It is a shame that Lucy Barrett’s article (MW last week) shows such a confused understanding of the marketing campaigns that contributed to the recovery of British tourism last year.
She misses a basic distinction in her reference to “yet another image makeover”: the difference between a new name to reflect a new organisation (VisitBritain) and new campaigns to react to changing market conditions, which often run simultaneously in different overseas markets (UK OK, Only in Britain).
We are surprised and disappointed by her suggestion that BTA (now VisitBritain) was heavily criticised for its handling of crises such as foot and mouth and the World Trade Centre attacks – hardly events of our own making.
Quite the opposite was in fact true. In November, the European Travel Commission praised the Only in Britain campaign, estimating it had earned the industry as many as 500,000 visits from the US alone and at least $1bn (&£640m).
It concluded that Britain had made “the greatest effort by far of any European country to rebuild US traffic through promotion with print and TV advertising… and if borne out, Britain may provide a model for action for the rest of Europe.”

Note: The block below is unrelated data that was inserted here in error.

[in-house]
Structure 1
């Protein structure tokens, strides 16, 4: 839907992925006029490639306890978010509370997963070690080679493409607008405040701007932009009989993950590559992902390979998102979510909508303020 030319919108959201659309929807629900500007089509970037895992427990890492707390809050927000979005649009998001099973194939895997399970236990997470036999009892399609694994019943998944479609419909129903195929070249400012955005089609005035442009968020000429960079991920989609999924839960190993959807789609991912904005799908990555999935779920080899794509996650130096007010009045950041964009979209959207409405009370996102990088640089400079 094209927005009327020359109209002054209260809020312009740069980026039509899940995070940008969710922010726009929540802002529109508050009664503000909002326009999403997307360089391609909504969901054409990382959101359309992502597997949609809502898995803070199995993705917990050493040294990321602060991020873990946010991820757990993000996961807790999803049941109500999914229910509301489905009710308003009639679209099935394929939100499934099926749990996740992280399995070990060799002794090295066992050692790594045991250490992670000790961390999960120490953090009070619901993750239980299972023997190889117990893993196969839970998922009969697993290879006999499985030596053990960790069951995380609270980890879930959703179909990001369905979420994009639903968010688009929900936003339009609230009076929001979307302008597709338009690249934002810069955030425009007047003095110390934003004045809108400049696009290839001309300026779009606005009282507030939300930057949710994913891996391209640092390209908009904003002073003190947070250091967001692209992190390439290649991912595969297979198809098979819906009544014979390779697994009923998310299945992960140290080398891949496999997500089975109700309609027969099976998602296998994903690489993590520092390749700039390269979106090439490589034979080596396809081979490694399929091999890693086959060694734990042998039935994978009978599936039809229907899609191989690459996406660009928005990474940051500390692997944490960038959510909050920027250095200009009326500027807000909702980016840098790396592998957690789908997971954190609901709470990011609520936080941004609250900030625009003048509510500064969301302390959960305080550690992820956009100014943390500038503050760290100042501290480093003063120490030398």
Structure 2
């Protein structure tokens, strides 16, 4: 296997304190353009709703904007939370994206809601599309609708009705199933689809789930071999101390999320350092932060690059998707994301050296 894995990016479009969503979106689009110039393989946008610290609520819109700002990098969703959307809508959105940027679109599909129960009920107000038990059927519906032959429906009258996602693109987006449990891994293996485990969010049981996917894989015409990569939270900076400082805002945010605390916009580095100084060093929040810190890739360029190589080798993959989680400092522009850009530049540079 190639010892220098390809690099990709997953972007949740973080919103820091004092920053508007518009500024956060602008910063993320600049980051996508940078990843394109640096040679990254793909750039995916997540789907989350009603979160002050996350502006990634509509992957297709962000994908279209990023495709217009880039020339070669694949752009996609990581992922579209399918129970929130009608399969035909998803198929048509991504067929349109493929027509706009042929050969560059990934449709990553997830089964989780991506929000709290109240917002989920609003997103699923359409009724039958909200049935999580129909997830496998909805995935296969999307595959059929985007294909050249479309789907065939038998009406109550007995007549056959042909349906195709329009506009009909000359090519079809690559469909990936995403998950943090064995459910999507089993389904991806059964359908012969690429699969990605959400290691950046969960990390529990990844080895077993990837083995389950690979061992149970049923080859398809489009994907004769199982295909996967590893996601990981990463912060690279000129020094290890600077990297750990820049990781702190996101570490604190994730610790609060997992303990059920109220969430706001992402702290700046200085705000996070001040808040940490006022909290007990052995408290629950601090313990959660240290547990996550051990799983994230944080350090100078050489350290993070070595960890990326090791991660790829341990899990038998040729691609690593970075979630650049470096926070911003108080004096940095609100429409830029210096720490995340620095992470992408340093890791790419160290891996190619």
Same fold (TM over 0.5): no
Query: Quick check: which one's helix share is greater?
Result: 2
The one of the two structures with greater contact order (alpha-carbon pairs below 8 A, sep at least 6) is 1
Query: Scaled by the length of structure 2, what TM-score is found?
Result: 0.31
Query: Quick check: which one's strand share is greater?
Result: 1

These comments were borne out: Britain saw rapid growth in tourism compared to most other European countries last year. It was among only three European countries to see any increase in visitors from the US.
It is widely recognised at home and overseas that the unique partnership efforts of Government, tourist boards and the industry throughout 2001 and 2002 turned the situation around and directly contributed to an increase of six per cent in overseas visitor numbers and of four per cent in spend in 2002. This was at a time when many other destinations were showing no improvement, or even decline, in visitor numbers.
What’s more, in the final quarter of 2002, US visitor numbers to Britain outperformed the same quarter in 2000, proving that recovery was gathering pace as the year went on and as the Only in Britain campaign rolled out.
The new VisitBritain organisation now has the opportunity to apply this proven marketing expertise to the home market. We are confident that there is huge potential to develop here and hope that the marketing press, along with the industry, will wait to see the results before making further judgement.
Corporate PR manager
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